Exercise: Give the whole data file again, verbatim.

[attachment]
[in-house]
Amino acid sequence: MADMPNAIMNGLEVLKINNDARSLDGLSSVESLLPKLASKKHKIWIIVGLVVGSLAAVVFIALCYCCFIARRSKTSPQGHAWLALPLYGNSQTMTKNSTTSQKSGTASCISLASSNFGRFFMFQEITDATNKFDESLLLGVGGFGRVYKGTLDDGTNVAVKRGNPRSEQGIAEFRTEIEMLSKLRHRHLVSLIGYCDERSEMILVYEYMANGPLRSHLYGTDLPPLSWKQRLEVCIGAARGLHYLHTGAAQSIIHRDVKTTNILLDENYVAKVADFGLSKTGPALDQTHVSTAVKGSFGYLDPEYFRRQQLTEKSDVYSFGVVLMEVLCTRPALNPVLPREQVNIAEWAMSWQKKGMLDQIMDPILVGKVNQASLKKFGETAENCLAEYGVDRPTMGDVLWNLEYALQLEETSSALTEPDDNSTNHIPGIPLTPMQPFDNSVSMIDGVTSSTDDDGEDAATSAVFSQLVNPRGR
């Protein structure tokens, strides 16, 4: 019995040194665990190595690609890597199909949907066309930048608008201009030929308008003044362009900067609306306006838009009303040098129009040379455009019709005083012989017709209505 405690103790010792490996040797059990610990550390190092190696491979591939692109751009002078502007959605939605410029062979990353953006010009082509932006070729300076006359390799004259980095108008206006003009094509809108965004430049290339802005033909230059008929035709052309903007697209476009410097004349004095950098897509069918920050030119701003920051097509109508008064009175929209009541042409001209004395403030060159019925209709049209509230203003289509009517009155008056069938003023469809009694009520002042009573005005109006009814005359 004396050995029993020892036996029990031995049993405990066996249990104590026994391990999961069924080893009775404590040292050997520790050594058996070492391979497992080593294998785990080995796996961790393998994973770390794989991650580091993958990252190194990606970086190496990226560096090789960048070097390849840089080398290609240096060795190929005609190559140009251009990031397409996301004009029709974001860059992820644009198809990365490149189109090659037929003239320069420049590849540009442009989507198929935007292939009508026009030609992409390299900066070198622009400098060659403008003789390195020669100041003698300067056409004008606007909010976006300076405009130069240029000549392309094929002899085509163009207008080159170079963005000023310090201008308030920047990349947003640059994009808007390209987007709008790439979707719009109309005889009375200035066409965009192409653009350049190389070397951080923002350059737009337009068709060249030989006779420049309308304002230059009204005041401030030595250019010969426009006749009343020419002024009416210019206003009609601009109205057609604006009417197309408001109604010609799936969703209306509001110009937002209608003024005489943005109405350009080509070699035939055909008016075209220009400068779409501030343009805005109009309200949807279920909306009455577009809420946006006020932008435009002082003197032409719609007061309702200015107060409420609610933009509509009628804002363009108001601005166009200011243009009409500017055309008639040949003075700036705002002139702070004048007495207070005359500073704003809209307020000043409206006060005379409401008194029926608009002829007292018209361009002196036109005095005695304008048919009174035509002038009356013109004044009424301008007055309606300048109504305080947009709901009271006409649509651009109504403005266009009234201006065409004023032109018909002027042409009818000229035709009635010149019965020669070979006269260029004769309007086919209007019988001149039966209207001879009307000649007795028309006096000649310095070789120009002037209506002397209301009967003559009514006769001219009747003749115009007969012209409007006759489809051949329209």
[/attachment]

[in-house]
Amino acid sequence: MADMPNAIMNGLEVLKINNDARSLDGLSSVESLLPKLASKKHKIWIIVGLVVGSLAAVVFIALCYCCFIARRSKTSPQGHAWLALPLYGNSQTMTKNSTTSQKSGTASCISLASSNFGRFFMFQEITDATNKFDESLLLGVGGFGRVYKGTLDDGTNVAVKRGNPRSEQGIAEFRTEIEMLSKLRHRHLVSLIGYCDERSEMILVYEYMANGPLRSHLYGTDLPPLSWKQRLEVCIGAARGLHYLHTGAAQSIIHRDVKTTNILLDENYVAKVADFGLSKTGPALDQTHVSTAVKGSFGYLDPEYFRRQQLTEKSDVYSFGVVLMEVLCTRPALNPVLPREQVNIAEWAMSWQKKGMLDQIMDPILVGKVNQASLKKFGETAENCLAEYGVDRPTMGDVLWNLEYALQLEETSSALTEPDDNSTNHIPGIPLTPMQPFDNSVSMIDGVTSSTDDDGEDAATSAVFSQLVNPRGR
């Protein structure tokens, strides 16, 4: 019995040194665990190595690609890597199909949907066309930048608008201009030929308008003044362009900067609306306006838009009303040098129009040379455009019709005083012989017709209505 405690103790010792490996040797059990610990550390190092190696491979591939692109751009002078502007959605939605410029062979990353953006010009082509932006070729300076006359390799004259980095108008206006003009094509809108965004430049290339802005033909230059008929035709052309903007697209476009410097004349004095950098897509069918920050030119701003920051097509109508008064009175929209009541042409001209004395403030060159019925209709049209509230203003289509009517009155008056069938003023469809009694009520002042009573005005109006009814005359 004396050995029993020892036996029990031995049993405990066996249990104590026994391990999961069924080893009775404590040292050997520790050594058996070492391979497992080593294998785990080995796996961790393998994973770390794989991650580091993958990252190194990606970086190496990226560096090789960048070097390849840089080398290609240096060795190929005609190559140009251009990031397409996301004009029709974001860059992820644009198809990365490149189109090659037929003239320069420049590849540009442009989507198929935007292939009508026009030609992409390299900066070198622009400098060659403008003789390195020669100041003698300067056409004008606007909010976006300076405009130069240029000549392309094929002899085509163009207008080159170079963005000023310090201008308030920047990349947003640059994009808007390209987007709008790439979707719009109309005889009375200035066409965009192409653009350049190389070397951080923002350059737009337009068709060249030989006779420049309308304002230059009204005041401030030595250019010969426009006749009343020419002024009416210019206003009609601009109205057609604006009417197309408001109604010609799936969703209306509001110009937002209608003024005489943005109405350009080509070699035939055909008016075209220009400068779409501030343009805005109009309200949807279920909306009455577009809420946006006020932008435009002082003197032409719609007061309702200015107060409420609610933009509509009628804002363009108001601005166009200011243009009409500017055309008639040949003075700036705002002139702070004048007495207070005359500073704003809209307020000043409206006060005379409401008194029926608009002829007292018209361009002196036109005095005695304008048919009174035509002038009356013109004044009424301008007055309606300048109504305080947009709901009271006409649509651009109504403005266009009234201006065409004023032109018909002027042409009818000229035709009635010149019965020669070979006269260029004769309007086919209007019988001149039966209207001879009307000649007795028309006096000649310095070789120009002037209506002397209301009967003559009514006769001219009747003749115009007969012209409007006759489809051949329209």